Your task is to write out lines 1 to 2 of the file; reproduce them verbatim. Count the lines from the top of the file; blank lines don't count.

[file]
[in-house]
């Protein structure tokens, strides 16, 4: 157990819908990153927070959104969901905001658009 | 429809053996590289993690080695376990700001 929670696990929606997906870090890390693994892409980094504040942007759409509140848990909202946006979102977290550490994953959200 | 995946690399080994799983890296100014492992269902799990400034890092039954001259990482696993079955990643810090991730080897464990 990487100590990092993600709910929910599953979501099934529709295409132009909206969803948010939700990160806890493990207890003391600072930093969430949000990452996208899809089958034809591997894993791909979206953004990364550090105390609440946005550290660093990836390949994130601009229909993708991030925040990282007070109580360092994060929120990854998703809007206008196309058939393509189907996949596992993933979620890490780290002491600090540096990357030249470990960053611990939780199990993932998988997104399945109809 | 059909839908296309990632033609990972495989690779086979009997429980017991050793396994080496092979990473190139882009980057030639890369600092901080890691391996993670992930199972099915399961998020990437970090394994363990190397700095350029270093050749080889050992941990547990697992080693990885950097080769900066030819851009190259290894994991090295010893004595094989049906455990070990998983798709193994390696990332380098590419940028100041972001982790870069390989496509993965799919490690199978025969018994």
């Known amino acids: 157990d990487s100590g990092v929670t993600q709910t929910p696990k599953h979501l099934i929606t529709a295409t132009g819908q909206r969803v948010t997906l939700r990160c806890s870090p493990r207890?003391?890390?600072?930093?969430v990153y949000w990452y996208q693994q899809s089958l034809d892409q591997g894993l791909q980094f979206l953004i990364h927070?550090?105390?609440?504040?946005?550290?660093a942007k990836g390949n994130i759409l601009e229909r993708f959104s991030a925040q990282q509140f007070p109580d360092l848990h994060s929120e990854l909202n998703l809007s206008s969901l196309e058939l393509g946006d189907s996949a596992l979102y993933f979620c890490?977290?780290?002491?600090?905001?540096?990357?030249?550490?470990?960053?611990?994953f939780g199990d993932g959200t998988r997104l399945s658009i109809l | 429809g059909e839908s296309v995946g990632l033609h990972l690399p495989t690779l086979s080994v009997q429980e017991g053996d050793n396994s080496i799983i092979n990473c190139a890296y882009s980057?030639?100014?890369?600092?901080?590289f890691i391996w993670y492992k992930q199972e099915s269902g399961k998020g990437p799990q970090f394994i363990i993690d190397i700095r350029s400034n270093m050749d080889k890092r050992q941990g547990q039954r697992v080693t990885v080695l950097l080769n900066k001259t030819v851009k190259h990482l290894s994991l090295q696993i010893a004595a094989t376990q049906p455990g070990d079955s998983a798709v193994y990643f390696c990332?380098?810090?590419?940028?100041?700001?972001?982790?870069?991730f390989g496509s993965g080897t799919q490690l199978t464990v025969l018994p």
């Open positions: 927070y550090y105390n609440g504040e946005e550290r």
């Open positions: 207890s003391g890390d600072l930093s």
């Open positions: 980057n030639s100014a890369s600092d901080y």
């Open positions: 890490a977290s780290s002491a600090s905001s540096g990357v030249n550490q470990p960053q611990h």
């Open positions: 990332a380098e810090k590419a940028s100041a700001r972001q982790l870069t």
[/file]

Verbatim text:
[in-house]
């Protein structure tokens, strides 16, 4: 157990819908990153927070959104969901905001658009 | 429809053996590289993690080695376990700001 929670696990929606997906870090890390693994892409980094504040942007759409509140848990909202946006979102977290550490994953959200 | 995946690399080994799983890296100014492992269902799990400034890092039954001259990482696993079955990643810090991730080897464990 990487100590990092993600709910929910599953979501099934529709295409132009909206969803948010939700990160806890493990207890003391600072930093969430949000990452996208899809089958034809591997894993791909979206953004990364550090105390609440946005550290660093990836390949994130601009229909993708991030925040990282007070109580360092994060929120990854998703809007206008196309058939393509189907996949596992993933979620890490780290002491600090540096990357030249470990960053611990939780199990993932998988997104399945109809 | 059909839908296309990632033609990972495989690779086979009997429980017991050793396994080496092979990473190139882009980057030639890369600092901080890691391996993670992930199972099915399961998020990437970090394994363990190397700095350029270093050749080889050992941990547990697992080693990885950097080769900066030819851009190259290894994991090295010893004595094989049906455990070990998983798709193994390696990332380098590419940028100041972001982790870069390989496509993965799919490690199978025969018994």